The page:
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A Rhode Island woman found a unique solution to what's become a common crisis for family members of nursing care patients: the inability to visit their loved ones during the pandemic.
MJ Ryan, who works full time in the health care industry, says her 90-year-old mother Theresa Ryan, who suffered from dementia and heart disease, was deteriorating without visitors.
When she heard about a Florida woman who got a job working in her husband's care facility, MJ Ryan decided to do the same. She called the Friendly Home in Woonsocket asking if they had any job openings and was eventually hired to man the facility's laundry room.
After taking the part-time job, she was able to visit her mother during her 8-hour shifts. At first, Theresa was “a little bit removed,” she says, but began warming up to MJ Ryan over the course of the day. Her mom, who had tested positive for the coronavirus at one point, was having a hard time adjusting in general after being moved from her usual spot in the care center.
But by the end of MJ Ryan’s first shift, “we were talking and laughing and she was talking about getting back to the casino,” she says.
MJ Ryan was also able to ensure her mother was getting exactly what she needed, considering the care center’s staff was stretched thin because of COVID-19.
She was also able to transition her mother back to her old spot in the center where the folks knew her well. “That made the world of difference and that just made her quality of life for the last few months so much better,” she says.
Since the coronavirus caused strict visitation restrictions, lonely people in the care facility were greeted by MJ Ryan’s frequent check-ins and chitchats. Conversing with folks was a “gratifying piece” of being a laundress, she says. In addition to her mother, she was able to help others and pitch in when an extra hand was needed.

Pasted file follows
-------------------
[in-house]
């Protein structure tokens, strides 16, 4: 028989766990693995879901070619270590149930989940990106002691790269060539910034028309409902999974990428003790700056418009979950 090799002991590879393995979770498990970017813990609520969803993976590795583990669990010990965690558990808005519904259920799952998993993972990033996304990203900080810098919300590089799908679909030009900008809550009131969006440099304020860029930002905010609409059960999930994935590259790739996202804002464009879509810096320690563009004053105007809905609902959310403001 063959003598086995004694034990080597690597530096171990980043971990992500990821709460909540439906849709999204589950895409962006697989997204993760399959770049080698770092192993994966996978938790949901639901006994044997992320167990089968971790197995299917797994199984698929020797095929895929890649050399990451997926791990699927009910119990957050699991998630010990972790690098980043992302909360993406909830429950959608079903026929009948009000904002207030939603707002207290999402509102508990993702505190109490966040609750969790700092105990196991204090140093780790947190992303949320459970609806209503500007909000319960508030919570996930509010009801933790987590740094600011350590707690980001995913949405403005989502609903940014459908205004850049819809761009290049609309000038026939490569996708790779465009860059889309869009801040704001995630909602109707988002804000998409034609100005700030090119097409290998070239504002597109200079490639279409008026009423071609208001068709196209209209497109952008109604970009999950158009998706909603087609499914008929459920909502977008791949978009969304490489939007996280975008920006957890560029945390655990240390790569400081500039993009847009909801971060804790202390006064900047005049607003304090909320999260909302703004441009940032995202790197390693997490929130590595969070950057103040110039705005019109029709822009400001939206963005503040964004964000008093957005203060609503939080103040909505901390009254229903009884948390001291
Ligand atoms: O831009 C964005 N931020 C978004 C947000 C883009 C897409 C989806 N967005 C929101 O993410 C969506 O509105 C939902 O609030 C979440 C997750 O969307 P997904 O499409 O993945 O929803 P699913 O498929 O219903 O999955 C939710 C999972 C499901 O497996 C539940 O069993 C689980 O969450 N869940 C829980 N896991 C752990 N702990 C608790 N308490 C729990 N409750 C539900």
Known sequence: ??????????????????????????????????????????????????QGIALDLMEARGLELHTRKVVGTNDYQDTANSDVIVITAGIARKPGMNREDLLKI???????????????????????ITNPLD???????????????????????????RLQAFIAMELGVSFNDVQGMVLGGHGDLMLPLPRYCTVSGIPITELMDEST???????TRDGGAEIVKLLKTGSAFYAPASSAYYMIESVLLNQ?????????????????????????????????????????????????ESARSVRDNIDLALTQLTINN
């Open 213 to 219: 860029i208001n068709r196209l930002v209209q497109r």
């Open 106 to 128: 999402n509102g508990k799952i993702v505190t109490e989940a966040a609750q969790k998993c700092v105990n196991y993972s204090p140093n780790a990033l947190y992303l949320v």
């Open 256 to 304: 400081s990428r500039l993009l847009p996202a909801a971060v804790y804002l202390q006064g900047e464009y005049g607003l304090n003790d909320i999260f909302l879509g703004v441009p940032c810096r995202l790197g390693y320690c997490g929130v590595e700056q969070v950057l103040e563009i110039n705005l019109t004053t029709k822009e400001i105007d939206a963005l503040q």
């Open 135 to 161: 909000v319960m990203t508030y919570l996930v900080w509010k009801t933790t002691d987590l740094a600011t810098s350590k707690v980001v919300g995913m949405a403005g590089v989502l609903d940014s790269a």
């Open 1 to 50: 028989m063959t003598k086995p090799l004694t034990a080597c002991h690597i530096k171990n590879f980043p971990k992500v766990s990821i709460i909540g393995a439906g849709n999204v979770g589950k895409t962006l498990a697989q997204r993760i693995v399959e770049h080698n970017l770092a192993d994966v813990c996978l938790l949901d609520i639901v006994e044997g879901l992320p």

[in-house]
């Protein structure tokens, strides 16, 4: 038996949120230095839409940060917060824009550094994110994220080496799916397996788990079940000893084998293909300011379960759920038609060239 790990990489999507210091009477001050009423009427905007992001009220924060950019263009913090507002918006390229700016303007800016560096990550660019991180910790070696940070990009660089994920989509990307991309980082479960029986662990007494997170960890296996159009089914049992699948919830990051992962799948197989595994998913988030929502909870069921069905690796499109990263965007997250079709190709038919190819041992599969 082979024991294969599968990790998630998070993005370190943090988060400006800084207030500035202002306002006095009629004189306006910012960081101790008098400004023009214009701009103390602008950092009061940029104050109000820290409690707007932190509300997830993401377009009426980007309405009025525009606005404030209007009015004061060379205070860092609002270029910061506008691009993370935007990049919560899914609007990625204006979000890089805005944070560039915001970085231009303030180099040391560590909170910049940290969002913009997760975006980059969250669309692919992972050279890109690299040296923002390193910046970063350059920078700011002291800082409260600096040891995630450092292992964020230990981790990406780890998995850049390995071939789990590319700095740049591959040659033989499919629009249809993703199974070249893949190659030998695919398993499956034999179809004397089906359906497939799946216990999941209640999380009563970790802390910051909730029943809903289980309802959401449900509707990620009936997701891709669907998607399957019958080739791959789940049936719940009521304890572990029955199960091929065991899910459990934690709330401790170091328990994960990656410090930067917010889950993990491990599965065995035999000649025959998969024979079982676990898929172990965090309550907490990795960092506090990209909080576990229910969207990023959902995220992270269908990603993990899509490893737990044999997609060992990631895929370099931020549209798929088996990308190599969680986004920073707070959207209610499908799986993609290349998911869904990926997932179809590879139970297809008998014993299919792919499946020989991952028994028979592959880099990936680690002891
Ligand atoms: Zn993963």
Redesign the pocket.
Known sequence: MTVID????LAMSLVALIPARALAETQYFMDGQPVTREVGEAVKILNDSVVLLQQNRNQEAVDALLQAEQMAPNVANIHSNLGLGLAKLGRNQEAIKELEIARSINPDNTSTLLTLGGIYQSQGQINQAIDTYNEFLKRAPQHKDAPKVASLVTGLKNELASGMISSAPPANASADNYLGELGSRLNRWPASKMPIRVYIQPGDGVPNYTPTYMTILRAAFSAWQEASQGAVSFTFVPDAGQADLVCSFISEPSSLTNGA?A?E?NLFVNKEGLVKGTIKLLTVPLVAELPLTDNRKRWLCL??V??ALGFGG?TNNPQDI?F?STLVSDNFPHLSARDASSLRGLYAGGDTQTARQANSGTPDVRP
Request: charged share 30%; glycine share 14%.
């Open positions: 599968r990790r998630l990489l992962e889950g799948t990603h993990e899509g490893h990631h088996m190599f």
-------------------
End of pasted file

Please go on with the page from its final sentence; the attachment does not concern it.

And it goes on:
MJ Ryan’s top priority was to get in the care facility during the pandemic; she never wanted her mother to be alone. She suggests the path she took — getting a job within a facility — if you are unable to visit with a loved one. Plus, many nursing homes are short staffed and need the assistance, she says.
“I would suggest that strongly to anyone,” she says. “It's hard work, but it's a lot harder to be home away from someone you love and watch them decline.”
There are protocols to keep in mind: Caretakers need to be extremely careful going in and out of the facility, she says, and Friendly Home workers received weekly coronavirus testing. Personal protective equipment is required at all times, too, she notes.
Just last Sunday, MJ Ryan’s beloved mother died. Because of her laundry job, in her mother’s final days, MJ Ryan was able to be by her side at all hours of the day — holding her hand, rubbing her back and making sure she wasn’t suffering.
“There's nothing worse and nothing better than being there,” she says. “And if I ever had to lose my mother and not be with her, I don't think I could live with it.”
Although her mom has passed, she didn’t quite put in her notice at the Friendly Home. MJ Ryan let the team know that if there’s an occasional emergency, she’ll happily come and assist.
She became close with many friendly faces at the facility, after all, and knows she can be there for someone else’s mom.
This segment aired on November 5, 2020.
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Support the news